Equivalent of java's 'method reference' syntax?

Hi,

I’m wondering if/how there is a better way to write Clojure, where in the equivalent java code you’d have a method reference.

Take java.time.DatetimeFormatter’s parse method for example. In java you could write:

formatter.parse(text, LocalDate::from)

The second arg is declared to be a TemporalQuery, a SAM in the java jargon, so you can just pass a method reference of a java method that has the same signature as the one method in TemporalQuery.

The following, equivalent code works in Clojure, but is there a neater way to write it?

(.parse formatter text 
(reify TemporalQuery
      (queryFrom [_ x] (LocalDate/from x))))

Would memfn do the trick?

(.parse formatter text (memfn LocalDate/from))
;; Untested!

thanks but no, that wouldn’t work. Still, I’ve never noticed memfn before so thanks for pointing it out!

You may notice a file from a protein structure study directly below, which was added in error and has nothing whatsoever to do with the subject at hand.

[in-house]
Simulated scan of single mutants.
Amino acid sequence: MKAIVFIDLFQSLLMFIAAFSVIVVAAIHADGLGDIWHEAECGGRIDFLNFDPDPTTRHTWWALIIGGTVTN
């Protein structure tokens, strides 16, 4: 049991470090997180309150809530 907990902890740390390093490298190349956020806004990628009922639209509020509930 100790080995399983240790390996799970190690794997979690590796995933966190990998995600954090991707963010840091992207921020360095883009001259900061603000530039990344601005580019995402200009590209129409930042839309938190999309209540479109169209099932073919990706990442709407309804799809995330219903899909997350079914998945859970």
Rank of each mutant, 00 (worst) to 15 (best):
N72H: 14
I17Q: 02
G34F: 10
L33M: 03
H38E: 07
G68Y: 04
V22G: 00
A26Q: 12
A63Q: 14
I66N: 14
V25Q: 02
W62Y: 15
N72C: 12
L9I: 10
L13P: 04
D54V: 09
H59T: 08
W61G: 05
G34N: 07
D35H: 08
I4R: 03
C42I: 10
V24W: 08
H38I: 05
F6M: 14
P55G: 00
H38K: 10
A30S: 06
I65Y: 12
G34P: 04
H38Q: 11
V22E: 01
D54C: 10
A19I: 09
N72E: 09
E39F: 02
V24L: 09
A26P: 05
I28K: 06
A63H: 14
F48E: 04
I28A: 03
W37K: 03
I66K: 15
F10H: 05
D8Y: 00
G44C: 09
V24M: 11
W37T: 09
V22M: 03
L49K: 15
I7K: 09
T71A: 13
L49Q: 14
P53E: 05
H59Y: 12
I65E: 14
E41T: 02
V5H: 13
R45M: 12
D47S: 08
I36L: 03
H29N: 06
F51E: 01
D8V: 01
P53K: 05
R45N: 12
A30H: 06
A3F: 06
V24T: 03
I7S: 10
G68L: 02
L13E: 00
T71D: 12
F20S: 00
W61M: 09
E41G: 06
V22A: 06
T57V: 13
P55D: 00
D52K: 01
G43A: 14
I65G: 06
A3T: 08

What I guess is missing is the (.-from LocalDate) property syntax that Clojurescript has.

Afaik Clojure 1.10 was the first to require Java 8 or higher, which was when these method references were introduced, so it makes sense there’s no direct equivalent (yet, afaik?)

Clojure has the field assessor syntax:

(.-instanceField instance)

But Java methods are not fields. Java methods aren’t first class like that.

It is my understanding that method references are java compiler syntax sugar. The Clojure compiper currently doesn’t have that same sugar, it would need to perform some type inference and all for that, because it has to figure out what functional interface it needs to reify, since they are all different.

So right now your best bet is just a wrapper function/macro for each TemporalInterface you need to use that just does the reify you have.

But I wonder if something more generic could be made using the metafactory https://docs.oracle.com/javase/8/docs/api/java/lang/invoke/LambdaMetafactory.html

Thanks. I’ll take a look at that

Just want to let you know that I went down searching for a way to do this last month, too, and ultimately landed on reify as well. In fact, it was the same class I was referencing. Am interested in seeing if there’s a nicer solution but I think the reify one looks fine enough on its own.